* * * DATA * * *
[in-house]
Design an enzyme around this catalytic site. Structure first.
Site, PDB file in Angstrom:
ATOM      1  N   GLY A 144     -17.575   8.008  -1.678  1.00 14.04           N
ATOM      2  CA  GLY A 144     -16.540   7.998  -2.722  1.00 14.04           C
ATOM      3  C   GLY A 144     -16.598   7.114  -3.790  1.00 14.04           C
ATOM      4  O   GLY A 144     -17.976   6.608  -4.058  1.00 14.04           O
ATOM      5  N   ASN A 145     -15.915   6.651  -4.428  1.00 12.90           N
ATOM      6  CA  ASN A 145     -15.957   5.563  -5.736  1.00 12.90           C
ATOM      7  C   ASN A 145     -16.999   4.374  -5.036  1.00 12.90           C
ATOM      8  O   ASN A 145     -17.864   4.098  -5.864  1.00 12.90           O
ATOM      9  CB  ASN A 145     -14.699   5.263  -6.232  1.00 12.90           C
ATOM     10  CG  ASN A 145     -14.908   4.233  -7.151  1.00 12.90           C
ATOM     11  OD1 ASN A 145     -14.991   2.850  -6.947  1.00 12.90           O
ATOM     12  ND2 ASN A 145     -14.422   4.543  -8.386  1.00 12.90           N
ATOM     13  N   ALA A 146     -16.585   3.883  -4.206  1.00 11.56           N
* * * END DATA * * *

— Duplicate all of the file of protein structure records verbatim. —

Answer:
[in-house]
Design an enzyme around this catalytic site. Structure first.
Site, PDB file in Angstrom:
ATOM      1  N   GLY A 144     -17.575   8.008  -1.678  1.00 14.04           N
ATOM      2  CA  GLY A 144     -16.540   7.998  -2.722  1.00 14.04           C
ATOM      3  C   GLY A 144     -16.598   7.114  -3.790  1.00 14.04           C
ATOM      4  O   GLY A 144     -17.976   6.608  -4.058  1.00 14.04           O
ATOM      5  N   ASN A 145     -15.915   6.651  -4.428  1.00 12.90           N
ATOM      6  CA  ASN A 145     -15.957   5.563  -5.736  1.00 12.90           C
ATOM      7  C   ASN A 145     -16.999   4.374  -5.036  1.00 12.90           C
ATOM      8  O   ASN A 145     -17.864   4.098  -5.864  1.00 12.90           O
ATOM      9  CB  ASN A 145     -14.699   5.263  -6.232  1.00 12.90           C
ATOM     10  CG  ASN A 145     -14.908   4.233  -7.151  1.00 12.90           C
ATOM     11  OD1 ASN A 145     -14.991   2.850  -6.947  1.00 12.90           O
ATOM     12  ND2 ASN A 145     -14.422   4.543  -8.386  1.00 12.90           N
ATOM     13  N   ALA A 146     -16.585   3.883  -4.206  1.00 11.56           N